The Kendo Nagasaki Foundation FAQ’s


1. What can Zen offer me?


Zen, a school of Buddhism, is a remarkable system for living; it’s not an exaggeration to say that it can give you everything you need to enhance your life, however specific your own attitude towards life is. If you have found that everything you already have in life is still not quite enough to grant you peace of mind, then you should look at Zen, and The Kendo Nagasaki Foundation can give you a truly open, comprehensive, de-mystified, and reasoned introduction.


2. I’m an atheist, but I still feel that there’s more to life – can you shed any light on my needs?


Yes! Definitely, yes, we can help you. Firstly, please understand that Buddhism does not require belief in anything supernatural, nor any gods, or heaven and hell, or anything that you cannot rationalise. What The Kendo Nagasaki Foundation has to show you is a system for living a better, more enlightened, and self-empowered life, all using Buddhist understandings and practises.


3. Would I have to do chanting and praying?


No, not if you don’t want to – practising Zen does not require these activities, but before you take an absolute position on such things, you should come to The Retreat and listen to a seminar on how they work – you might be both surprised and interested, and you might even want to try them!


4. I’m just not a religious person – what can you offer me?


That’s a great question! Firstly, it might be better to think of what The Kendo Nagasaki Foundation has to offer as not being “religious”, but instead an enlightened and empowering system for living, built primarily upon reason. When our own minds and experiences have taken us as far as we can go, studying the reflections of the profound and influential thinkers from history (classical philosophy) is a great way to extend the scope of our own reasoning, and, for the best way to live, the thoughts of Siddartha Gautama (also known as Buddha) are the best. In the 2,500 years since Buddha’s birth, his wisdom has come to be expressed in many ways, and The Kendo Nagasaki Foundation presents several of those ways in order to help someone looking for more from life find the best way forward.


5. I can’t get my head around the fact that Kendo Nagasaki is supposed to be a Buddhist. Is this for real?


Most certainly, this is for real. Before going any further, remember that all the samurai of ancient Japan were Buddhists, and Buddhism was an extremely important part of their strength, focus, and success as warriors. Buddhism can give you a vast range of qualities, including success, which is strongly encouraged! The more successful you are, the better a Buddhist you can be, and this is exactly what Kendo Nagasaki is doing now, sharing the empowerment he has gained from Buddhism with everyone who is looking for more from life.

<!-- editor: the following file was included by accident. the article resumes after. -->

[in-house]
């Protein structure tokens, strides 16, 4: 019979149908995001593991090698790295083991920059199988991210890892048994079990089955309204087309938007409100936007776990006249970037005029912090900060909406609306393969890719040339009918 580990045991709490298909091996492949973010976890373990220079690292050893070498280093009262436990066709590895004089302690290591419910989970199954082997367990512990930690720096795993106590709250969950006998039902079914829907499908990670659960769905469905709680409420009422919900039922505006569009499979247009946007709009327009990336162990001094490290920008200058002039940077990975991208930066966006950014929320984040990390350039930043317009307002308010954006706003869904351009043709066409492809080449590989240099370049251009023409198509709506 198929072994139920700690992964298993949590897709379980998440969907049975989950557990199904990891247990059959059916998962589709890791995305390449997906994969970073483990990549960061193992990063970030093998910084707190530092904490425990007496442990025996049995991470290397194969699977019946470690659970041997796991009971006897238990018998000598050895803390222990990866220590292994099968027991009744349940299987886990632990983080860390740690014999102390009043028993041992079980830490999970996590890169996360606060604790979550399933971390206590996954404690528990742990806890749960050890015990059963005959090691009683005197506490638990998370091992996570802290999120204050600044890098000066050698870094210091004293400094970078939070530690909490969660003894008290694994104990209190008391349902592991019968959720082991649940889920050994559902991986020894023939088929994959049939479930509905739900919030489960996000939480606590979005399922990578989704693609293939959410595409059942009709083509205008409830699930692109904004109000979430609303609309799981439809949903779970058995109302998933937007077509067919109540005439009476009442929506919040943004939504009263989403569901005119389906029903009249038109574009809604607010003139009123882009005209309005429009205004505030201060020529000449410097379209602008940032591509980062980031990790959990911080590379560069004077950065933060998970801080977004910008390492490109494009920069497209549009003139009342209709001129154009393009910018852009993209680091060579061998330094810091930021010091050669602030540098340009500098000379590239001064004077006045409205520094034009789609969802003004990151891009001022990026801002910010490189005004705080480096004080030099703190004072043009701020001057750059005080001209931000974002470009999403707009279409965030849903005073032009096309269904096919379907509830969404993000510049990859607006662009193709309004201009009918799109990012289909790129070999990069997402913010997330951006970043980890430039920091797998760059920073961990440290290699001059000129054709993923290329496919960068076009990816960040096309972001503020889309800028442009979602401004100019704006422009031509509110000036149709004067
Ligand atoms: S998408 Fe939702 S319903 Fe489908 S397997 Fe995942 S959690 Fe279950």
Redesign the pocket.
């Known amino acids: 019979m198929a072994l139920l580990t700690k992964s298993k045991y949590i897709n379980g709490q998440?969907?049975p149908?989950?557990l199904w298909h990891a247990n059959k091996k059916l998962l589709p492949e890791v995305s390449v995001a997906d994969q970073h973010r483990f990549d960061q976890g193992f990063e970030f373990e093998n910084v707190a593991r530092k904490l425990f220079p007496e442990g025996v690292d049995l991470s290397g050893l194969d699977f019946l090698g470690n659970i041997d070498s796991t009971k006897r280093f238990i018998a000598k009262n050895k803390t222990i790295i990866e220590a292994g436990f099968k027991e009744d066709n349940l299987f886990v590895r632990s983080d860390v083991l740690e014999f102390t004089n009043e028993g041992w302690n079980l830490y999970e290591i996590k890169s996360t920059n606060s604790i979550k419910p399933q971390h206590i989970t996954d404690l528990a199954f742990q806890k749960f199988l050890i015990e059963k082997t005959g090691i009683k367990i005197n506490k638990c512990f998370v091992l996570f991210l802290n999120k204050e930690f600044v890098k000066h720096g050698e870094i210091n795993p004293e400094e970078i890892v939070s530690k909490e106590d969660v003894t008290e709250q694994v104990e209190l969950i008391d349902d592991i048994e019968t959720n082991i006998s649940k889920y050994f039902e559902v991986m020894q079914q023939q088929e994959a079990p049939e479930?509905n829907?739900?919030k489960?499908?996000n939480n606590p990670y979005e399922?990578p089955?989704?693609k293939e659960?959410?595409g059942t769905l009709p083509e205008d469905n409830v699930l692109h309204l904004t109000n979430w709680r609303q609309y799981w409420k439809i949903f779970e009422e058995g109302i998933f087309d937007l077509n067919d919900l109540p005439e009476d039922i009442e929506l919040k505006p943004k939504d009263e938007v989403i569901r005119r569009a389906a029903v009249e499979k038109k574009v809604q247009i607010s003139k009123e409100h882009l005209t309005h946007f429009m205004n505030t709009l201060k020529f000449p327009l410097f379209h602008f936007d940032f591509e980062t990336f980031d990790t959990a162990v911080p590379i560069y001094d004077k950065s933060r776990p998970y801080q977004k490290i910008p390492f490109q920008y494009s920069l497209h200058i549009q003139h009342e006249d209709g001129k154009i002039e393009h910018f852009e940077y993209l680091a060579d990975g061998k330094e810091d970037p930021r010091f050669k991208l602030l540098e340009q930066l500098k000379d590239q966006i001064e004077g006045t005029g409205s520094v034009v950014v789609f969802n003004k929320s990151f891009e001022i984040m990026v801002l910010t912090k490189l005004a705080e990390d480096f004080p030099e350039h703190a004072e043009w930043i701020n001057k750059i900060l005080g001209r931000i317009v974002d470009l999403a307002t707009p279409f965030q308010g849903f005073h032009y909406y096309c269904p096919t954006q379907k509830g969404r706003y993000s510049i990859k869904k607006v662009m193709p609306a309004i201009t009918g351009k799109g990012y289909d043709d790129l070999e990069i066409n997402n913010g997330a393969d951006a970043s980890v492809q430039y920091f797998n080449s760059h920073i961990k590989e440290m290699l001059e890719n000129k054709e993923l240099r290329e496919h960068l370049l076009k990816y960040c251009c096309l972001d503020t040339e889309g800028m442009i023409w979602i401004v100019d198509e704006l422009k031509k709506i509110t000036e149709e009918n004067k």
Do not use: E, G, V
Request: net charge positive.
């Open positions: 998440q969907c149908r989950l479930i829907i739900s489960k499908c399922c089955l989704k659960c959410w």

6. I’m certainly looking for more from life, and I respect Kendo Nagasaki’s success, but isn’t all this just mumbo-jumbo?


The fact that established religions are old makes them easy to dismiss in today’s clever and busy world, but wouldn’t it be foolish to reject wisdom that was timeless, and therefore ageless? There are such truths, but they’re difficult to find if you’re a) not looking for them, and b) wouldn’t look for anything old anyway! It’s worth remembering that even in the absence of all of today’s science, there have been a great many brilliant and inspired people throughout history, and the fruits of their contemplations are always worth considering, yet the astonishing advance of technology over the last 100 years or so has drowned-out such wisdom. An example of this is meditation – this truly ancient technique lowers stress-hormones and leads to improved health all-round, enhanced creativity, improved performance in most areas of life, better ability to cope with stress, and more pro-social behaviour, yet wouldn’t most people rather watch television than meditate? There is most certainly room for both, but such a balance is rare these days. Consider this: the practice of placing outright reliance on the trends and understandings of the here-and-now is by no means new – psychology calls it “Presentism” – and history shows that those who have practised it have not done as well as those who kept their minds open and their humility towards other forms of wisdom alive. It has never been easy to navigate life successfully, which is why “pearls of wisdom” from the truly wise and thoughtful were immortalised to help the people of their own and future generations, and it is towards those of the Buddha that Kendo Nagasaki would recommend that we look; they have worked astonishingly well for him over many lifetimes, and he wishes us that same empowerment through enlightenment. Please come to The Retreat and explore historical wisdom a little more!